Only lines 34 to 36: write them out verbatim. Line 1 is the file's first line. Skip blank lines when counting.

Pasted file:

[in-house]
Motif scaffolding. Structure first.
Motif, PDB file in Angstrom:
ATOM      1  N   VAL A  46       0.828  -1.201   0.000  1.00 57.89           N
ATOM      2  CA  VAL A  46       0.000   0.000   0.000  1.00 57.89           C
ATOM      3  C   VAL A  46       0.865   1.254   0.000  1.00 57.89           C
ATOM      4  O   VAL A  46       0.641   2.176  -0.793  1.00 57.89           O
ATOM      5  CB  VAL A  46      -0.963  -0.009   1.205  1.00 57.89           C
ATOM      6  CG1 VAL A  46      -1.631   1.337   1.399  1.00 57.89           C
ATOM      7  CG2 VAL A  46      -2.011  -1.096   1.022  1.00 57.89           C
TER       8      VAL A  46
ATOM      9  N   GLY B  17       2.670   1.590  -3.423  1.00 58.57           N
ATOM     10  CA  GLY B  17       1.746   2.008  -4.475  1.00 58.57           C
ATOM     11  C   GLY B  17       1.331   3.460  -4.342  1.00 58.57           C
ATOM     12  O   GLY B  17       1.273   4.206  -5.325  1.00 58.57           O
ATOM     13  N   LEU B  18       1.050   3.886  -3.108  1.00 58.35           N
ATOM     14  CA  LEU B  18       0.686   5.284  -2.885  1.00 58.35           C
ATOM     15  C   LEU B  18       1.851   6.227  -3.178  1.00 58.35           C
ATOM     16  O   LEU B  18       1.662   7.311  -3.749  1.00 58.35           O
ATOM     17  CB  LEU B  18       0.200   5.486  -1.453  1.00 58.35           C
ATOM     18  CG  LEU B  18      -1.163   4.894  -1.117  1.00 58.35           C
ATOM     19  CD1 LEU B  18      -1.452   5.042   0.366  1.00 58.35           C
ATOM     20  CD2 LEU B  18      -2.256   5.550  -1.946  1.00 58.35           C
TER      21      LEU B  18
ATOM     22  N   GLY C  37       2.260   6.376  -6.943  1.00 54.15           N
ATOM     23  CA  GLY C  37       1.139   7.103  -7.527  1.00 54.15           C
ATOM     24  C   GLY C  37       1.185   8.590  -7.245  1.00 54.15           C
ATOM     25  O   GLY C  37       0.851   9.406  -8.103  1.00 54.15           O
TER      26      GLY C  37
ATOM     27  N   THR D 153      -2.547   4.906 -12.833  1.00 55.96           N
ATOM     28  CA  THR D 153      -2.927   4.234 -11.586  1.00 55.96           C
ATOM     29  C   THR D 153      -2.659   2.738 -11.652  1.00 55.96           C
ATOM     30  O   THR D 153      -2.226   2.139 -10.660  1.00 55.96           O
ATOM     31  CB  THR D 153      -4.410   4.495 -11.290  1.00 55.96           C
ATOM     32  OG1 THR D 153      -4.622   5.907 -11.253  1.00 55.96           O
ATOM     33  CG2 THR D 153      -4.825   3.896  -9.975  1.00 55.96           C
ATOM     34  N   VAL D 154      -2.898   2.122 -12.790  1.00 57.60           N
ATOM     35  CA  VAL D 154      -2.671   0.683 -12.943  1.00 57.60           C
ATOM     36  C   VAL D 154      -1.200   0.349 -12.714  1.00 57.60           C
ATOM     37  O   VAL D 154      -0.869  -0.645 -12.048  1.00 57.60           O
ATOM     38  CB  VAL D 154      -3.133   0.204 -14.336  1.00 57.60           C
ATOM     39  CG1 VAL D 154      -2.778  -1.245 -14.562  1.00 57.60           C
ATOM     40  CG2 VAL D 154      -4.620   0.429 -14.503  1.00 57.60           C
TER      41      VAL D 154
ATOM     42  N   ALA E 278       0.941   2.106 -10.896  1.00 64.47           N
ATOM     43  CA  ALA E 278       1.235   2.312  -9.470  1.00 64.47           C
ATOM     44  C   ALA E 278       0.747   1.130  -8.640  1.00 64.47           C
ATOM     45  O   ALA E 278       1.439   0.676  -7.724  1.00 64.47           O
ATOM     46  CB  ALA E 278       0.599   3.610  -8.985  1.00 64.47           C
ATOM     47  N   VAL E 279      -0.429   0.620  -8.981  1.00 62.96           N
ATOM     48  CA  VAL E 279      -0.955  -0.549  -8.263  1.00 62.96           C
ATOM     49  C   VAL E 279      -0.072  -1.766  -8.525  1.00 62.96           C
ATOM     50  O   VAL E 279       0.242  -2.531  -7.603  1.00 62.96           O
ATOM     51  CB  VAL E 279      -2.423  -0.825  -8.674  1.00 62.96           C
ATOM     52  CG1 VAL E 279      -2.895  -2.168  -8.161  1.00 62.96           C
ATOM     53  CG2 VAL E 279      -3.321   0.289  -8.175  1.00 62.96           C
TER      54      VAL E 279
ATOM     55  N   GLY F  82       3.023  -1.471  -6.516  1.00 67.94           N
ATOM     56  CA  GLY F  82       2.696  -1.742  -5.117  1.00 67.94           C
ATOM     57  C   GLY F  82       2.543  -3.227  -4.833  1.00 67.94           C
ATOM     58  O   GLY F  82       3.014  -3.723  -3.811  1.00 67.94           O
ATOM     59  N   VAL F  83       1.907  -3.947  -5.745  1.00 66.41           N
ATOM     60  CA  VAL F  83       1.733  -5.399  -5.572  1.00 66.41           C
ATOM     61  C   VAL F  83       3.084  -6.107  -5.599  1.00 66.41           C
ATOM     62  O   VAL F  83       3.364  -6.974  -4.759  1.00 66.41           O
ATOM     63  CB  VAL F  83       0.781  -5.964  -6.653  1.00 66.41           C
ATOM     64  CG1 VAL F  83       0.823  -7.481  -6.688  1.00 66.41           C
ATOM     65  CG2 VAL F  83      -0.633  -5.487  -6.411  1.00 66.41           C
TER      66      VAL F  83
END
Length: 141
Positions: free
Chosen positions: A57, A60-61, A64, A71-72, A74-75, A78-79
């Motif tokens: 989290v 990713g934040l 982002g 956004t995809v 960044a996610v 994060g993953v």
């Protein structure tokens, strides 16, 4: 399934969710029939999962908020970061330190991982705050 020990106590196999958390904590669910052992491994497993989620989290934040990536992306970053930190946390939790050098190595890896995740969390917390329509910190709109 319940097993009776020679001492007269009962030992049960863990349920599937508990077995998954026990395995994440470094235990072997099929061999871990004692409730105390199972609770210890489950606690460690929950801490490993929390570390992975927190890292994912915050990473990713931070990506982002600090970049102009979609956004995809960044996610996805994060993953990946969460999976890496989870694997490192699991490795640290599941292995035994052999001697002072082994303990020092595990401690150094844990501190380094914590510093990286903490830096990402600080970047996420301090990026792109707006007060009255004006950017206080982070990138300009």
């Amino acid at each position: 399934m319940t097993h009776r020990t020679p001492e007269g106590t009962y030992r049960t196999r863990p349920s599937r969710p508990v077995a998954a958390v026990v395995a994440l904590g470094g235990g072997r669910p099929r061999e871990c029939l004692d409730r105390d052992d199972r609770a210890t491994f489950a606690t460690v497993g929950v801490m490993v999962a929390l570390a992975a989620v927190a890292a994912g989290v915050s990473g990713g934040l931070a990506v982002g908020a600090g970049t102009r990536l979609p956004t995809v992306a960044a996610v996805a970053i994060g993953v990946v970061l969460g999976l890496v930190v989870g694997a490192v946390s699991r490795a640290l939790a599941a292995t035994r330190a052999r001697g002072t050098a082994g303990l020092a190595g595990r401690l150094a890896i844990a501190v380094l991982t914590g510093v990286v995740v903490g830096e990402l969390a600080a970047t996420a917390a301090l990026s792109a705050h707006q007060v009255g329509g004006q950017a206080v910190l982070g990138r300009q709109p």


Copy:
ATOM     31  CB  THR D 153      -4.410   4.495 -11.290  1.00 55.96           C
ATOM     32  OG1 THR D 153      -4.622   5.907 -11.253  1.00 55.96           O
ATOM     33  CG2 THR D 153      -4.825   3.896  -9.975  1.00 55.96           C